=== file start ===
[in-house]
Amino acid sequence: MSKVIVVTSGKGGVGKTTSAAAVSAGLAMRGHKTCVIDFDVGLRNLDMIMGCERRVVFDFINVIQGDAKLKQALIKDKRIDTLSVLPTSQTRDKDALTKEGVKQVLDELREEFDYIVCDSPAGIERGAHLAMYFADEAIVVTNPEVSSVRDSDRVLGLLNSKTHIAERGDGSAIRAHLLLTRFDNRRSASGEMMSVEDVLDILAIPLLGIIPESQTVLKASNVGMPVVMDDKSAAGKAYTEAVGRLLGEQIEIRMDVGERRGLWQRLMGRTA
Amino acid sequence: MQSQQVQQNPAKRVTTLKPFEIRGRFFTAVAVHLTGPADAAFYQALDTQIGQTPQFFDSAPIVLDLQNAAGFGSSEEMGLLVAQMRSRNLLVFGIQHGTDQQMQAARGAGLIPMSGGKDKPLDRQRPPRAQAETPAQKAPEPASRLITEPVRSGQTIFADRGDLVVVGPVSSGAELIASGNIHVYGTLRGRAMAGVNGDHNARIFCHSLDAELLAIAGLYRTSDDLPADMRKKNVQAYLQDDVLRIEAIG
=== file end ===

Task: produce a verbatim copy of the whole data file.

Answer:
[in-house]
Amino acid sequence: MSKVIVVTSGKGGVGKTTSAAAVSAGLAMRGHKTCVIDFDVGLRNLDMIMGCERRVVFDFINVIQGDAKLKQALIKDKRIDTLSVLPTSQTRDKDALTKEGVKQVLDELREEFDYIVCDSPAGIERGAHLAMYFADEAIVVTNPEVSSVRDSDRVLGLLNSKTHIAERGDGSAIRAHLLLTRFDNRRSASGEMMSVEDVLDILAIPLLGIIPESQTVLKASNVGMPVVMDDKSAAGKAYTEAVGRLLGEQIEIRMDVGERRGLWQRLMGRTA
Amino acid sequence: MQSQQVQQNPAKRVTTLKPFEIRGRFFTAVAVHLTGPADAAFYQALDTQIGQTPQFFDSAPIVLDLQNAAGFGSSEEMGLLVAQMRSRNLLVFGIQHGTDQQMQAARGAGLIPMSGGKDKPLDRQRPPRAQAETPAQKAPEPASRLITEPVRSGQTIFADRGDLVVVGPVSSGAELIASGNIHVYGTLRGRAMAGVNGDHNARIFCHSLDAELLAIAGLYRTSDDLPADMRKKNVQAYLQDDVLRIEAIG